Jared’s glass bowls with deep colours and black wavy lines are eye catching. I think each of them is a conversation-starter. They reflect his interest in colour, pattern, architecture and the unique optical properties of glass to create both functional and sculptural works.

Glass vessels by Jared Last
Glass art by Jared Last

What made me smile when I viewed the exhibit?

  • The glass vessels are visually interesting with beautiful colours, designs, and shapes.
  • The displays give me ideas to arrange my own glass vessels at home: a single item, a pair, or a group of similar items.
  • I learn about the artists and their portfolios, and look forward to seeing more of their work in the future.
  • Admission to the exhibit is free to the public, making art accessible to everyone.
  • The exhibit is on until June 7, 2020 which gives people lots of time to visit and revisit.

Here’s a glass bottle that I bought in Denmark during my travels. It continues to bring me joy:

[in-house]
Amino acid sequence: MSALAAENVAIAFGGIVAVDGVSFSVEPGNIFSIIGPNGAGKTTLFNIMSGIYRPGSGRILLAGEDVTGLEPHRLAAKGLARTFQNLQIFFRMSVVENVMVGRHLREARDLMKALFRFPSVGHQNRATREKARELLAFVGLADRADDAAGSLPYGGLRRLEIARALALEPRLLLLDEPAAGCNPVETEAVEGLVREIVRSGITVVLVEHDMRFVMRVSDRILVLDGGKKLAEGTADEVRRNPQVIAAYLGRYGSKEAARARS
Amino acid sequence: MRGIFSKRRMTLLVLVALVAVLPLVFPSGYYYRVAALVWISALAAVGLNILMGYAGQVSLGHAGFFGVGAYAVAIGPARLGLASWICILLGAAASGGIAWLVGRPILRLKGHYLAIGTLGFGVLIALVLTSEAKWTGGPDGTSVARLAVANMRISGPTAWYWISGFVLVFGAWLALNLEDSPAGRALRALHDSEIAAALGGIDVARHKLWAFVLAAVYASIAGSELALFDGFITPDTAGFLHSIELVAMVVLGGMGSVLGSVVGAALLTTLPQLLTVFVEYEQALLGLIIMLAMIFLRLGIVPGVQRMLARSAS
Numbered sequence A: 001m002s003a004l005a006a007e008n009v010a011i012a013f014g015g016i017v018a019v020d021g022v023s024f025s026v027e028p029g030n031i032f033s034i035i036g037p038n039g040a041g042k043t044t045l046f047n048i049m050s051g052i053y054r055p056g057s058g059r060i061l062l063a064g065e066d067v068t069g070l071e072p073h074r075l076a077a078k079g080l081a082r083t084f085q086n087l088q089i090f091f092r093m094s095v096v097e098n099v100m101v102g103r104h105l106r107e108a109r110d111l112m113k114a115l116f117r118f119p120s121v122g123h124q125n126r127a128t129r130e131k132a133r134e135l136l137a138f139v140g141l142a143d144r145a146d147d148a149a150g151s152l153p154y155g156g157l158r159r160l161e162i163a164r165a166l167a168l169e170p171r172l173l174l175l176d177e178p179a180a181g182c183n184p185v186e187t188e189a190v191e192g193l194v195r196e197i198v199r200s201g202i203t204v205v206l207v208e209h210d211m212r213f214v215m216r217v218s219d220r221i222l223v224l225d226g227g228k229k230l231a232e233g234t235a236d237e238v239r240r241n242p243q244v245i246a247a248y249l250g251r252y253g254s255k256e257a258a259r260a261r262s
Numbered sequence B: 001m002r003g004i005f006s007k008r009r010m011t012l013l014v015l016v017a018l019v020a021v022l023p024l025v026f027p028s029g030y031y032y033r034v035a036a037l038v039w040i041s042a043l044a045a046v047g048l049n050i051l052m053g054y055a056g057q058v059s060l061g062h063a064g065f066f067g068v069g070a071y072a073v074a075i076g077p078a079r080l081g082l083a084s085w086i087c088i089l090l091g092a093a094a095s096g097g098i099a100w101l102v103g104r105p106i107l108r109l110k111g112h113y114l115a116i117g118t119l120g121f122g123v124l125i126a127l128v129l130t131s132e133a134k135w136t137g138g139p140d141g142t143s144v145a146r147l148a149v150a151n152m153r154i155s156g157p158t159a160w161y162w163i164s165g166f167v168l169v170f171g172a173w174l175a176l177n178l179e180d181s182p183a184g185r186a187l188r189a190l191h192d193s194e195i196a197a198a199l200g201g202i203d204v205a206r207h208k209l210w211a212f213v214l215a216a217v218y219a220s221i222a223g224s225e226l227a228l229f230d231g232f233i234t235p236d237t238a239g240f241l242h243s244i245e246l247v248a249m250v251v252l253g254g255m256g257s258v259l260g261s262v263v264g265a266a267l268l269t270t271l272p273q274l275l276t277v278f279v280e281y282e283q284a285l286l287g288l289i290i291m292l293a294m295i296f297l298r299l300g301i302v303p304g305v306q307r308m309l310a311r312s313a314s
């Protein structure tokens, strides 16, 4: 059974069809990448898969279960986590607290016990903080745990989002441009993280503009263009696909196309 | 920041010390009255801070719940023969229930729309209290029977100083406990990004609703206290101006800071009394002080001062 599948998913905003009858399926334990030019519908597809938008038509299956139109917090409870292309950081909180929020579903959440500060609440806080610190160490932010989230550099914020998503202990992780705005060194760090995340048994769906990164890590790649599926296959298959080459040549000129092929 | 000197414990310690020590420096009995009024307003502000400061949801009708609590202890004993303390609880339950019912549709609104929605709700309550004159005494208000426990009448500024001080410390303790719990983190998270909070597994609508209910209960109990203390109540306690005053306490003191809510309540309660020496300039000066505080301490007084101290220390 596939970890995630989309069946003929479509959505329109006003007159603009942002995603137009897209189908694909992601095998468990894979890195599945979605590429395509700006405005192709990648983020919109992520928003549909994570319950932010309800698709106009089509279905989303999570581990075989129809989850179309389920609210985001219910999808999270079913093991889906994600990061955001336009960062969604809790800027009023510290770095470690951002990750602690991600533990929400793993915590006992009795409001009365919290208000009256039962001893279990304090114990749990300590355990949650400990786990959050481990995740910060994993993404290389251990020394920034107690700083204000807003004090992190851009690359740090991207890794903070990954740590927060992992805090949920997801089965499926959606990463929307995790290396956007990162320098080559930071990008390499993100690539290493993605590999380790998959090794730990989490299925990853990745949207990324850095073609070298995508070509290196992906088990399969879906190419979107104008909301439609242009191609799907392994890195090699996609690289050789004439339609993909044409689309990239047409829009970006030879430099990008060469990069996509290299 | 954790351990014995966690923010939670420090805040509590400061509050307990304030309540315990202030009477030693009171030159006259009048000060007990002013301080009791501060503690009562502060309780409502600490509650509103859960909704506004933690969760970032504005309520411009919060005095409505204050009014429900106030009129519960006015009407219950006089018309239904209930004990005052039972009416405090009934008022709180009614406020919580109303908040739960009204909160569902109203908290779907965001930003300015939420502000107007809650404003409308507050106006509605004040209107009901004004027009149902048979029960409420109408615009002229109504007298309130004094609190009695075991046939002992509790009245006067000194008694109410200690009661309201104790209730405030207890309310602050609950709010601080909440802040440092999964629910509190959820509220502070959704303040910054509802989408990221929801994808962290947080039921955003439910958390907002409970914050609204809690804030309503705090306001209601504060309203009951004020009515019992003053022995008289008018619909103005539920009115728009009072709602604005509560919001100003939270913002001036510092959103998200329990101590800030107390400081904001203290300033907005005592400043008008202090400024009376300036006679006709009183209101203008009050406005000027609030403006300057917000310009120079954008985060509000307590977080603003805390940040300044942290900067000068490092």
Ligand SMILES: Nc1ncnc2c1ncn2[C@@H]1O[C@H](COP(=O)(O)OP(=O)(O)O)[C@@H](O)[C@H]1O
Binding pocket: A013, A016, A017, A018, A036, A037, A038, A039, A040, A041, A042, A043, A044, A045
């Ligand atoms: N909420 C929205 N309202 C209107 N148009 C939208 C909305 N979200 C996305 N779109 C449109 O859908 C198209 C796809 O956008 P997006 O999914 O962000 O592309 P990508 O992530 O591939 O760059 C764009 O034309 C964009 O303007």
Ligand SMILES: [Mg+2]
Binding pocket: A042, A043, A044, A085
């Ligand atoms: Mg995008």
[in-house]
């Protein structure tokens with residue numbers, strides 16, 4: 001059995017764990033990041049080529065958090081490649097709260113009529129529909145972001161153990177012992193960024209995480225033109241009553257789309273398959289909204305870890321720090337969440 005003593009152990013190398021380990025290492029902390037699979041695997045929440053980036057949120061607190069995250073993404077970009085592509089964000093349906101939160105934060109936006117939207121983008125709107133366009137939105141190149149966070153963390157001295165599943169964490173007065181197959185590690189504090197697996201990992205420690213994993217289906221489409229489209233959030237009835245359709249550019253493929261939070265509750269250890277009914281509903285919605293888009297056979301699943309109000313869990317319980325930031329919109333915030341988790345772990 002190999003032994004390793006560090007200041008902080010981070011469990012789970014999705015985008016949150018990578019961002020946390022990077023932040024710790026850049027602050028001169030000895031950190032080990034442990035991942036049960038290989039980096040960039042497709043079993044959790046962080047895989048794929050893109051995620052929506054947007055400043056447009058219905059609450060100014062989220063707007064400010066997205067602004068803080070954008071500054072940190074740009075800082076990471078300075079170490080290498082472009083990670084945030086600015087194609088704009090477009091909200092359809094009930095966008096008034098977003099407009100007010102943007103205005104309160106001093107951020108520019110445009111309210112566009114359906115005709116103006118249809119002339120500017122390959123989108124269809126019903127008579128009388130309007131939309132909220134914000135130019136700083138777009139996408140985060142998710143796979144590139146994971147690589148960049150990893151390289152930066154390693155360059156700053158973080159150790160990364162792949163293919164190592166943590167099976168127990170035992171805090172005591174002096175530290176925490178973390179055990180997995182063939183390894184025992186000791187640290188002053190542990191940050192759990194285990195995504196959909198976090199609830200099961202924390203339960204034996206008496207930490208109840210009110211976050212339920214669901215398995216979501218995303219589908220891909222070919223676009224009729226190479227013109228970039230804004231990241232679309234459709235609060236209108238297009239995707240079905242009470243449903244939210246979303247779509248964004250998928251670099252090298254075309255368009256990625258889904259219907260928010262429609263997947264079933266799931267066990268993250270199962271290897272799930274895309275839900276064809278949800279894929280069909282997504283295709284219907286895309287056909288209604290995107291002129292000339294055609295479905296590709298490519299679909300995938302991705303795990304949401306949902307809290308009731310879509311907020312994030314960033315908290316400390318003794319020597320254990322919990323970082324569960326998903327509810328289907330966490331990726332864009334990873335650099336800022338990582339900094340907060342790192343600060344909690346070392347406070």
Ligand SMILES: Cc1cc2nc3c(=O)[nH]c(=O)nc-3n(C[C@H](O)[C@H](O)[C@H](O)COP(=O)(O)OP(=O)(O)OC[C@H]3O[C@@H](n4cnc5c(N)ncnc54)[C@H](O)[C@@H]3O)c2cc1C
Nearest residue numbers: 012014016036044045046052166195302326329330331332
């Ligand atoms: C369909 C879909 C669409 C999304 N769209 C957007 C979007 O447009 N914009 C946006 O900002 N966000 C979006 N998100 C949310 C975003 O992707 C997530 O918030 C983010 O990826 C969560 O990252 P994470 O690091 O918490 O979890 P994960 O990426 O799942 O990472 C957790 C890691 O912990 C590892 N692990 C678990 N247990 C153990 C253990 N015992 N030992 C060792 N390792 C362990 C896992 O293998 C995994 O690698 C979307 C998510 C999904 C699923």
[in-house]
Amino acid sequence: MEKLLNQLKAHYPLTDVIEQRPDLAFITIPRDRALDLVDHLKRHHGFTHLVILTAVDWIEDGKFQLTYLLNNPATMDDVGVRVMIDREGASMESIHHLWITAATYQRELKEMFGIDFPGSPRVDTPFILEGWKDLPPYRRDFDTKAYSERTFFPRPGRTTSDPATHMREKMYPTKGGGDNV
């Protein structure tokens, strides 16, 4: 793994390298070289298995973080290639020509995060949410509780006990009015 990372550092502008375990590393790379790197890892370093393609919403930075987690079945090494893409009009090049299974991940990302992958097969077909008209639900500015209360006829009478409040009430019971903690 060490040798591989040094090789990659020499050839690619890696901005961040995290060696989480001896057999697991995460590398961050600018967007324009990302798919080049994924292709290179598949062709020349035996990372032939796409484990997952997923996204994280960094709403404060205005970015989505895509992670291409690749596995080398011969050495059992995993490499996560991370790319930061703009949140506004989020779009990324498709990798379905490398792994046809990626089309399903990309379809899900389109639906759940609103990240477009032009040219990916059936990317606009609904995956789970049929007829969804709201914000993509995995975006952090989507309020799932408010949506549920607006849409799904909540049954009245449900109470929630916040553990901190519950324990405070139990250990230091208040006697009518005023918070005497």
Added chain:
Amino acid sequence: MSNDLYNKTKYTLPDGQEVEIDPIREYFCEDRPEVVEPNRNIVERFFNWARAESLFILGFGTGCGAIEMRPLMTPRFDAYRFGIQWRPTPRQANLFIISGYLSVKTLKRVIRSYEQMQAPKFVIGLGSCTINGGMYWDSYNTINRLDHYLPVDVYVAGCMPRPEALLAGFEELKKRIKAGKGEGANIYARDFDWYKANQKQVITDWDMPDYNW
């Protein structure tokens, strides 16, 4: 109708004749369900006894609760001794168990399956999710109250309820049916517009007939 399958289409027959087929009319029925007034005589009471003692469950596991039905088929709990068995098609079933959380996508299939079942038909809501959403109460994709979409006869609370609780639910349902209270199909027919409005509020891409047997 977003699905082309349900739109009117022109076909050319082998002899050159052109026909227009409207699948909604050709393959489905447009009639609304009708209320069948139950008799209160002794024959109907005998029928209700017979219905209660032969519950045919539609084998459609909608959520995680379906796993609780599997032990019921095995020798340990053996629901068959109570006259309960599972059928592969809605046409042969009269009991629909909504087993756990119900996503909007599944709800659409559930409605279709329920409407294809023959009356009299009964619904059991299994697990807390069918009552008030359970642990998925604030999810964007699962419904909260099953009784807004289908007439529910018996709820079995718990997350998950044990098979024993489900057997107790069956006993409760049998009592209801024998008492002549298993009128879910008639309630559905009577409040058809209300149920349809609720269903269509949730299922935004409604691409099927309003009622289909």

My glass bottle from Denmark

What do you think of the exhibit? If you have a favourite glass vessel of your own, please feel free to share it in the Comments. Comments with links or images attached will be moderated.

Copyright © 2020 natalietheexplorer.home.blog – All rights reserved.

Do You Love the 80s?

I hope you love the music, art, film, and fashion of the 80s. The Awesome 80’s was the theme of the 15th annual Ice Sculpture Festival in Toronto’s Bloor-Yorkville neighbourhood on February 8 and 9 weekend. It’s a family-friendly event and admission is free.

Over 70,000 lbs. of crystal-clear ice were carved into magnificent sculptures inspired by the music, art, film and fashion of an awesome decade. All things 80’s are retro-cool again! I’m sharing some of the ice sculptures on display at the festival.

The Main Ice Exhibition included an 80’s sculpture, a Boombox, an Elton John silhouette, Converse sneaker, Madonna – Desperately Seeking Susan, Leg Warmers & Heels, Andy Warhol, a Roller Skate and Eddie Van Halen.

The Main Ice Exhibition at icefest 2020

The Back to the Future sculpture was in the Photo Opportunity area for many photos and Instagram moments.

Back to the Future ice sculpture

The Terry Fox Run Walk Wheel Ride sculpture was #1 winner of the ice carving competition.

Number 5 (not Wall-E) and Van Halen’s The Flying V Guitar sculptures were #2 and # 3 winners of the ice carving competition.